- Whenever you fail, you almost always learn more than if you succeed... especially if you start out with the goal of learning/deciding if a hypothesis will work.
- If you can fail quickly, you will likely have time and energy enough to try again! (not necessarily a 'new' start-up, but instead another "hypothesis"/product variation to test in the current one).
- If you fail cheaply, you may have money enough to try again!
- If you fail early, you avoid spending too much time on a bad idea.
- If you fail cheaply, you haven't invested too much "sunk costs" into the idea, and can let it die more quickly.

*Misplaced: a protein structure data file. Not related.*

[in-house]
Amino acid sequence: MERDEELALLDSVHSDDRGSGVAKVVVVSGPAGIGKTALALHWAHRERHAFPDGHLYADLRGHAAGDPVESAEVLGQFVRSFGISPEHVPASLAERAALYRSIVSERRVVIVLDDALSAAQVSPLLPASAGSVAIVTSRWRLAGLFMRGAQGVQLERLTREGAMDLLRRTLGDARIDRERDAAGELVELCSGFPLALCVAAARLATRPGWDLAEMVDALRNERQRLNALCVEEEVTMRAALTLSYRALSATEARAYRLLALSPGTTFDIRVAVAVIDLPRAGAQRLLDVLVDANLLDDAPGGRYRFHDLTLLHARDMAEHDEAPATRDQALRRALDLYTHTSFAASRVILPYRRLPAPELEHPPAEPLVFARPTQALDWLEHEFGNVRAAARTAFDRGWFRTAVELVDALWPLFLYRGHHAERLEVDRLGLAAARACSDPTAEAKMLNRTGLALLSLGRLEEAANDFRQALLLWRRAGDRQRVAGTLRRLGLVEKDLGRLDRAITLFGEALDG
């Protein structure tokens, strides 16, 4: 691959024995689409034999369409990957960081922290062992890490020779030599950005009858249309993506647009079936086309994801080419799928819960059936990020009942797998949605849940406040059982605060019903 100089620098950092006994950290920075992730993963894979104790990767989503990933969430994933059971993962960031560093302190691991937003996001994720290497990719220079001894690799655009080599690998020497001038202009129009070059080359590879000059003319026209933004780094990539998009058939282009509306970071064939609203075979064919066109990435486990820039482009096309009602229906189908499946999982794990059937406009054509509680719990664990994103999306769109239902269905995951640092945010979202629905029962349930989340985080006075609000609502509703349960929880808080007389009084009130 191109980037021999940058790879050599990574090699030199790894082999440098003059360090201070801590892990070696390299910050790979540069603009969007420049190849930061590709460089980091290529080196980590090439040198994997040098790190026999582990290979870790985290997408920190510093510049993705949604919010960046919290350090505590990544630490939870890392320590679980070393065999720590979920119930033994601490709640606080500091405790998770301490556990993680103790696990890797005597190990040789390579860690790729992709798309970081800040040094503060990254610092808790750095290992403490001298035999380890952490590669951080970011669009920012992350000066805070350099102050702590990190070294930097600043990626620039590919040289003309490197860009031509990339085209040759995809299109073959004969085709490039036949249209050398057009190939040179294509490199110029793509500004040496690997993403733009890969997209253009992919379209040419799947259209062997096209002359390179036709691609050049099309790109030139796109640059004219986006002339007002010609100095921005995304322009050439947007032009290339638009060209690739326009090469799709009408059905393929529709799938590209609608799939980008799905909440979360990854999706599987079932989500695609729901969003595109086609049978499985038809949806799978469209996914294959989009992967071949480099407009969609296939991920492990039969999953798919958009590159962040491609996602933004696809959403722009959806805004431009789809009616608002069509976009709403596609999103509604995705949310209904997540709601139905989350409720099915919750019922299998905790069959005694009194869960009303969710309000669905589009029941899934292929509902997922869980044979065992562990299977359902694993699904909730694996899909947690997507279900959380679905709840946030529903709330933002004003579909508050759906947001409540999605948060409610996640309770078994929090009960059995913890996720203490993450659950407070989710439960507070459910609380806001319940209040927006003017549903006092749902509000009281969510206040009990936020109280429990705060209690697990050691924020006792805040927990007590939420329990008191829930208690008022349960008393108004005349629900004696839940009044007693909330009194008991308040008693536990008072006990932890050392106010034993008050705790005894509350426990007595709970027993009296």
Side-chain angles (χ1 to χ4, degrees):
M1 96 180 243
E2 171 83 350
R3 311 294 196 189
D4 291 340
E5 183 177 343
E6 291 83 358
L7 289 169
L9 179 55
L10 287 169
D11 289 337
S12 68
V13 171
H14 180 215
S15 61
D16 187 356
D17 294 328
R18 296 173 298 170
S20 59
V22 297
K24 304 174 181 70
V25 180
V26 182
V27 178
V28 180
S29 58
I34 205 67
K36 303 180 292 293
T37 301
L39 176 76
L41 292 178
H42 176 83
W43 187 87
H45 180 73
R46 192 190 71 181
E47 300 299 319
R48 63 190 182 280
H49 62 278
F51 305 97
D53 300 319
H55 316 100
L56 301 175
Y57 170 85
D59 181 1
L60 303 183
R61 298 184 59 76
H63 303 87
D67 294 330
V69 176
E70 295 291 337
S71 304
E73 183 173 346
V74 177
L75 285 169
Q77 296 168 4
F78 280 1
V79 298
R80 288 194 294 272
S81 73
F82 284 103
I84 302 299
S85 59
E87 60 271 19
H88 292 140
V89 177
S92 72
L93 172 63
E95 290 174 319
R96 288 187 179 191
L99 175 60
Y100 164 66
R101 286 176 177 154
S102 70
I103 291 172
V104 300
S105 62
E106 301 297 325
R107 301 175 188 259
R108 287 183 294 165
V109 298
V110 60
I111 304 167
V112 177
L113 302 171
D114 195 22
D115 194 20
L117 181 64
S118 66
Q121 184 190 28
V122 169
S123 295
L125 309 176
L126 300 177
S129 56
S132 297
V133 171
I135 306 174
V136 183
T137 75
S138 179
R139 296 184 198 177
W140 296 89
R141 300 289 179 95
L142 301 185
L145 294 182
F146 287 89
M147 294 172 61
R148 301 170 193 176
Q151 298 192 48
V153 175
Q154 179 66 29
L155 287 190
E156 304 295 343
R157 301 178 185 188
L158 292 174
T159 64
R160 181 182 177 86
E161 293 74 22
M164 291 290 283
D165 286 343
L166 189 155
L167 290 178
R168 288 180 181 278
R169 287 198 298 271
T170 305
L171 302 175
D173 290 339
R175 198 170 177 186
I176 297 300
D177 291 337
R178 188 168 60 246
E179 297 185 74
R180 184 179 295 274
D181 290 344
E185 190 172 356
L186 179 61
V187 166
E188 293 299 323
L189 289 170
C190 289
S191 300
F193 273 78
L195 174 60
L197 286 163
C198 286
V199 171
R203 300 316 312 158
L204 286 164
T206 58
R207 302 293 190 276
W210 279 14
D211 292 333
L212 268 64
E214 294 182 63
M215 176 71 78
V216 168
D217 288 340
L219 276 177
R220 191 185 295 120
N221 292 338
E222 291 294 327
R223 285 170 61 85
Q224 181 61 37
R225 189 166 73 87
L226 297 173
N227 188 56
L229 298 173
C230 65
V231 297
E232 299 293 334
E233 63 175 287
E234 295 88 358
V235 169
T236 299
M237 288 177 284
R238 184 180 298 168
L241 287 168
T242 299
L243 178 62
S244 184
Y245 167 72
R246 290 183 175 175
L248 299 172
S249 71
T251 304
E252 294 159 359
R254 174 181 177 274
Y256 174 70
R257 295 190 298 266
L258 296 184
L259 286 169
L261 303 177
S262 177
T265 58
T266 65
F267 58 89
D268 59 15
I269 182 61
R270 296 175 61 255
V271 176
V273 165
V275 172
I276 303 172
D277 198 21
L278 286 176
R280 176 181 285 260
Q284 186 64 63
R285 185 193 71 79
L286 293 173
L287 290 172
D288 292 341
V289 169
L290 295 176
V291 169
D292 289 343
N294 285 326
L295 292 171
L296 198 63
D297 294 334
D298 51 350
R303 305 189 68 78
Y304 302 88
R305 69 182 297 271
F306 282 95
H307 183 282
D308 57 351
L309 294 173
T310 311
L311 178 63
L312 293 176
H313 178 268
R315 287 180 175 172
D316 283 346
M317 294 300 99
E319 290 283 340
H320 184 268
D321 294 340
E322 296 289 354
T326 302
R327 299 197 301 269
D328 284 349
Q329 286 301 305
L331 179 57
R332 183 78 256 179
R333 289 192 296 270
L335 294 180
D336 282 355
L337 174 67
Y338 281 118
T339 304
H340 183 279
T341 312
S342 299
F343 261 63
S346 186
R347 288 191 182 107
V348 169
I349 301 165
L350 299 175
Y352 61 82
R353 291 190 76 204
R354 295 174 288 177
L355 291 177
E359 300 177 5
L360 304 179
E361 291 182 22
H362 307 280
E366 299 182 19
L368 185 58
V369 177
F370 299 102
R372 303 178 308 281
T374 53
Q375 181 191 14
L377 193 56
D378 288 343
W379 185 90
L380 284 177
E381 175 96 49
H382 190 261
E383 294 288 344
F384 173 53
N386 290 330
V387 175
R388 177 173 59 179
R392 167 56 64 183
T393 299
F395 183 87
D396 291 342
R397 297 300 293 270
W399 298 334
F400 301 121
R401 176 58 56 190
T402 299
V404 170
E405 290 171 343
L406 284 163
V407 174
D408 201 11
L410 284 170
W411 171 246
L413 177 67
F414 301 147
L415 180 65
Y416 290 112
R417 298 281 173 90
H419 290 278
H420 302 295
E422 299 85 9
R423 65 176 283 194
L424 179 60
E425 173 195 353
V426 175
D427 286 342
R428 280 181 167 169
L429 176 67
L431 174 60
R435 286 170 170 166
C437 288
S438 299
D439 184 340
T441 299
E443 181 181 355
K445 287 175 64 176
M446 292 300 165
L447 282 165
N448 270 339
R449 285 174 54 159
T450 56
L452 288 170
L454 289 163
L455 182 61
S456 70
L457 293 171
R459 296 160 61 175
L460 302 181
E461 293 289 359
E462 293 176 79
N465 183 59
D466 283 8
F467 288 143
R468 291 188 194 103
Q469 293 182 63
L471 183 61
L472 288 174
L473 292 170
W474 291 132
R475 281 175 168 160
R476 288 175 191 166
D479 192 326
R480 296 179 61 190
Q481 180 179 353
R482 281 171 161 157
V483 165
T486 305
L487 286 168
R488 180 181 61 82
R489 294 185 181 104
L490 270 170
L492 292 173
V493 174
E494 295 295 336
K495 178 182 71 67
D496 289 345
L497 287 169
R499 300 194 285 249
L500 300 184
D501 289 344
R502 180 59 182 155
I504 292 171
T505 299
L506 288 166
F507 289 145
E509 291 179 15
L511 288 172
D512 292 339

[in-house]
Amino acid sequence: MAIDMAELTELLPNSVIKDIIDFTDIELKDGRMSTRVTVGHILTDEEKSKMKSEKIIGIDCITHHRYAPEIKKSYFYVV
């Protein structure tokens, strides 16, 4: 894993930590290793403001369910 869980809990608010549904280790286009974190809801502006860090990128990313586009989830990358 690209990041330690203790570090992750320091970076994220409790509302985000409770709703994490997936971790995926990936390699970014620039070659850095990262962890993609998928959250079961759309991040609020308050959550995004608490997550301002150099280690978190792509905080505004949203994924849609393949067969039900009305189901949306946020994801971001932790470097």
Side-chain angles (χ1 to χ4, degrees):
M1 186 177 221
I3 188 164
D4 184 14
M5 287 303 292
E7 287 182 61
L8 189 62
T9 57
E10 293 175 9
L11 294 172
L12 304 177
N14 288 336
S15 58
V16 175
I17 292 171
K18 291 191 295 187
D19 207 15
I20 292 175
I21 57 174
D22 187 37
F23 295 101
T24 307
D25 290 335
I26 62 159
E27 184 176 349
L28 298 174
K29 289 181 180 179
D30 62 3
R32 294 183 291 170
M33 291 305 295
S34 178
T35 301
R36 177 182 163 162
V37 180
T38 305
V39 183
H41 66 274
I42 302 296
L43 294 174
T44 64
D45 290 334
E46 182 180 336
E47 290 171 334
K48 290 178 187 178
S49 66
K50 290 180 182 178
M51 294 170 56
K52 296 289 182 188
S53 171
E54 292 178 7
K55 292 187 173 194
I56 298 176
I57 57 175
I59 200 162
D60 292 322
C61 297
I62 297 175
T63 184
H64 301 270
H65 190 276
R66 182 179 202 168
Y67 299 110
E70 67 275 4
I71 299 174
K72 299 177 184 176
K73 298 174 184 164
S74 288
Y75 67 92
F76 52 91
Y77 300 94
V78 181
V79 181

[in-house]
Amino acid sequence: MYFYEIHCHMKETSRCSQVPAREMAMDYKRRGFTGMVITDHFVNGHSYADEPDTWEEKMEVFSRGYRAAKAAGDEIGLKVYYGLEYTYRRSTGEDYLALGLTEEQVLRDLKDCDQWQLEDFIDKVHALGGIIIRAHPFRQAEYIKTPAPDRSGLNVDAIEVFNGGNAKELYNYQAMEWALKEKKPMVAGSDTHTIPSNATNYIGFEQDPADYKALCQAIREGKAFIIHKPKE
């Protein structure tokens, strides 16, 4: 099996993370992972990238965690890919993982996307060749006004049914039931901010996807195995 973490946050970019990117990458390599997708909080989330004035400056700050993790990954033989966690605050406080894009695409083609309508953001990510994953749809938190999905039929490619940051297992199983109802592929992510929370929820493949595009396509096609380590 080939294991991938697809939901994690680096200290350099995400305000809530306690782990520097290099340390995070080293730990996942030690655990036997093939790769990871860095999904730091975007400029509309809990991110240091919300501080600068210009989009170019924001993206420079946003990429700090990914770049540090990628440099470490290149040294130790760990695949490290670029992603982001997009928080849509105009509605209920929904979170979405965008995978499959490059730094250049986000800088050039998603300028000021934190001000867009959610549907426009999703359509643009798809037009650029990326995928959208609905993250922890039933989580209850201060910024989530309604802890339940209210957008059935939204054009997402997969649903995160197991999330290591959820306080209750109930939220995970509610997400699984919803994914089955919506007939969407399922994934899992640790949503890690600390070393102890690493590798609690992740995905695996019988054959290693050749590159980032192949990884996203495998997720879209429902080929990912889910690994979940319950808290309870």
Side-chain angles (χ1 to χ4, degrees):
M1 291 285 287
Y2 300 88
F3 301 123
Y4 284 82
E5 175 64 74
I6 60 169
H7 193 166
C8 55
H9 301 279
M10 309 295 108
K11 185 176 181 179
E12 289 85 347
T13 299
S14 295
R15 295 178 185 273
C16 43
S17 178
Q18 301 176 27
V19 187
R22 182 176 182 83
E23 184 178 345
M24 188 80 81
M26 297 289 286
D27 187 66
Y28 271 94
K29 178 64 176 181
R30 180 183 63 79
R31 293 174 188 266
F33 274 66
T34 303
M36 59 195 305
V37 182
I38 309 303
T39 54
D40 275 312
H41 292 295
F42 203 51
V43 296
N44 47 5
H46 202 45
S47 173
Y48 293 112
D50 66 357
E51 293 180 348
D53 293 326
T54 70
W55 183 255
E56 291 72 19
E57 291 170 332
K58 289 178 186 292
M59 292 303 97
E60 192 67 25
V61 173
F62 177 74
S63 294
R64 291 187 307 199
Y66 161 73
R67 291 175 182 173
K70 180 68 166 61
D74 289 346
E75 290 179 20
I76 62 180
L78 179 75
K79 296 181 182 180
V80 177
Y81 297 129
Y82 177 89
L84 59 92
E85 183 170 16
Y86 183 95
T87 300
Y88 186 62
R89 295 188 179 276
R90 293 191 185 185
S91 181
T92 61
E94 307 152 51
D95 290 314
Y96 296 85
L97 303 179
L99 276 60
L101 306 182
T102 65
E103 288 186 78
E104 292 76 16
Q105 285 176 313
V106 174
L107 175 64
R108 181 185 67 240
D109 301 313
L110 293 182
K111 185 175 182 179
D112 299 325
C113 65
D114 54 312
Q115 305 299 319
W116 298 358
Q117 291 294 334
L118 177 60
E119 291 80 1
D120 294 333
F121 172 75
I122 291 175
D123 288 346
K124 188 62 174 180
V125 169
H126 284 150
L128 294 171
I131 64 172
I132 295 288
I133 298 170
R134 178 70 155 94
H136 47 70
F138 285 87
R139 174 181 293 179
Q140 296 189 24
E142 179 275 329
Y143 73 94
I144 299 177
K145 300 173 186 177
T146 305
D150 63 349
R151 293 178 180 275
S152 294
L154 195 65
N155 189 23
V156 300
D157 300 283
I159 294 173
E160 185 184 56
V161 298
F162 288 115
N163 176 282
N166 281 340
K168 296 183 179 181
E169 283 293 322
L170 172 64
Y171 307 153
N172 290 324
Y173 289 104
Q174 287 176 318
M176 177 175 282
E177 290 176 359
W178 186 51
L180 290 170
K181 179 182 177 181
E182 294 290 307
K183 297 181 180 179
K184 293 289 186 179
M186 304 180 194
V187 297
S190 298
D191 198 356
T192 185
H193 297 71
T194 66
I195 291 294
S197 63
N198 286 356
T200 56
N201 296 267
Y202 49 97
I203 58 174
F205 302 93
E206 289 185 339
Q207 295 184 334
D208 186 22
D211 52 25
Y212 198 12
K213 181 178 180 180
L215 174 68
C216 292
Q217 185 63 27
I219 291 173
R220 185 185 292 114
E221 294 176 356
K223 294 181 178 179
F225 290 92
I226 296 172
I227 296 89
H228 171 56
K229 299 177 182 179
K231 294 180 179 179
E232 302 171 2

- If you can fail quickly, it means you have wisely set criteria for failure (a rare thing indeed!)!
- If and when you succeed, you KNOW you have something, because you have defined (wisely) what success is, and your past failures prove that the current situation is "Worth" scaling up!
Final word of warning: Scaling up itself is a difficult challenge, so use the term literally, and slowly increase the rate of growth, rather than step function.